Obesity drives silent heart damage

21 November 2014

Obese people put themselves at a higher risk of suffering silent cardiac damage, which can increase the likelihood of them having heart failure in the future, a new study has found.

A team from Johns Hopkins University, Maryland, used an ultrasensitive blood test to detect the presence of a protein that indicates the heart is injured. They found that overweight people without overt heart disease can be at a higher risk of heart failure. This challenges the common belief that cardiac problems are driven by diabetes and high blood pressure in obesity.

Published online on the Journal of the American College of Cardiology: Heart Failure, the research found that obese people suffer from elevated levels of a heart enzyme - troponin T - which is released by heart muscles when they become injured.

High levels of this enzyme corresponded to increases in people's body mass index (BMI), the team found.

For the study, investigators measured the BMIs and levels of troponin in the heart of more than 9,500 heart disease-free men and women. All participants were between 53 and 75 years old and were tracked for more than 12 years. Across this period, 869 people developed heart failure.

Lead investigator Dr Chiadi Ndumele said that obesity is a "well-known 'accomplice' in the development of heart disease", but these new findings suggest that it could be solely responsible for heart failure independent of other risk factors that are commonly found in overweight people.

Dr Ndumele, who is also an assistant professor at the Johns Hopkins Ciccarone Center for the Prevention of Heart Disease, said: "The direct relationship we found between obesity and subclinical heart damage is quite potent and truly concerning from a public health standpoint given the growing number of obese people in the United States and worldwide."

The team found that severely obese participants, with a BMI of over 35, had more than twice the risk of developing heart failure than people of a normal weight. This escalated risk rose even further the higher the BMI was, growing by 32 per cent for every five-unit increase in BMI.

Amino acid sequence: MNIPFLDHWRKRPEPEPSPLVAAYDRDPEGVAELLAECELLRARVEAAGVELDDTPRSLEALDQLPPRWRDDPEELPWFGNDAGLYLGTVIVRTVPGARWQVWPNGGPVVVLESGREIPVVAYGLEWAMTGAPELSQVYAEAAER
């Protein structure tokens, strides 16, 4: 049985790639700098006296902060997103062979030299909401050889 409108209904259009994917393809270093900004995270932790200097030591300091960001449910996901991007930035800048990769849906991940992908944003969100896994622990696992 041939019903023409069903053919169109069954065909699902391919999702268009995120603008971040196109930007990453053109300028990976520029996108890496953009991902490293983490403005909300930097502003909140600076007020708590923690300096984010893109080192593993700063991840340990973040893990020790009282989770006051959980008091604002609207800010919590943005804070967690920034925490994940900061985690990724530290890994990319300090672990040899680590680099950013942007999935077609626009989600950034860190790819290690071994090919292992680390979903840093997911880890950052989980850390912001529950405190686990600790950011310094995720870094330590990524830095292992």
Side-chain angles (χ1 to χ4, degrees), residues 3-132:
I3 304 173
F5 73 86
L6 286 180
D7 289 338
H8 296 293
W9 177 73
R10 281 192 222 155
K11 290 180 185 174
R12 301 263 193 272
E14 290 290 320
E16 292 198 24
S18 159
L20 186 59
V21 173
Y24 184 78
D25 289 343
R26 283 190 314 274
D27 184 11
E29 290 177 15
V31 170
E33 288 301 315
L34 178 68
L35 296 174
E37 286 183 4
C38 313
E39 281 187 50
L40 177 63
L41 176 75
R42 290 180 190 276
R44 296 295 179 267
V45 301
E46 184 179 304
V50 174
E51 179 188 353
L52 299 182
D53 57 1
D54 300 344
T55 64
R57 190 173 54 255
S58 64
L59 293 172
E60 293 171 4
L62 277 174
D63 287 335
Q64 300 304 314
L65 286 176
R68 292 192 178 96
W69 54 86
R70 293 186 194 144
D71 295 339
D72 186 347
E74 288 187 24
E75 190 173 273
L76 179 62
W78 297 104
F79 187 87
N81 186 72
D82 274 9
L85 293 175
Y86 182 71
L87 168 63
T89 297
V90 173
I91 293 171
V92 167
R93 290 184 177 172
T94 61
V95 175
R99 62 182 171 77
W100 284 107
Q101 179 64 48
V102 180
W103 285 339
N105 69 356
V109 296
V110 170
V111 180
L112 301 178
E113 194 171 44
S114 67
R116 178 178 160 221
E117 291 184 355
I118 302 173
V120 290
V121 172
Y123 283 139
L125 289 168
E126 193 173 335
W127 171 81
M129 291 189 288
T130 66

Anyone with higher troponin levels were deemed to be at an increased risk of having heart failure, regardless of their BMI. 

The researchers also discovered that the combination of elevated troponin and severe obesity was significant. Severely obese people with elevated troponin levels were nine times more likely to develop heart failure than people with normal weight and undetectable troponin levels. 

The elevated risk persisted even when investigators accounted for other possible causes of heart damage, including diabetes, hypertension and high cholesterol.

"These results are a wake-up call that obesity may further fuel the growing rate of heart failure, and clinicians who care for obese people should not be lulled into a false sense of security by the absence of traditional risk factors, such as high cholesterol, diabetes and hypertension," said Dr Roger Blumenthal, director of the Johns Hopkins Ciccarone Center for the Prevention of Heart Disease. "Obese people, even when free of cardiovascular symptoms, should be monitored for the earliest signs of heart failure and counseled on ways to improve their lifestyle habits."

Posted by Jeanette Royston ​

 

Health News is provided by Adfero in collaboration with Spire Healthcare. Please note that all copy above is ©Adfero Ltd. and does not reflect views or opinions of Spire Healthcare unless explicitly stated. Additional comments on the page from individual Spire consultants do not necessarily reflect the views or opinions of other consultants or Spire Healthcare.

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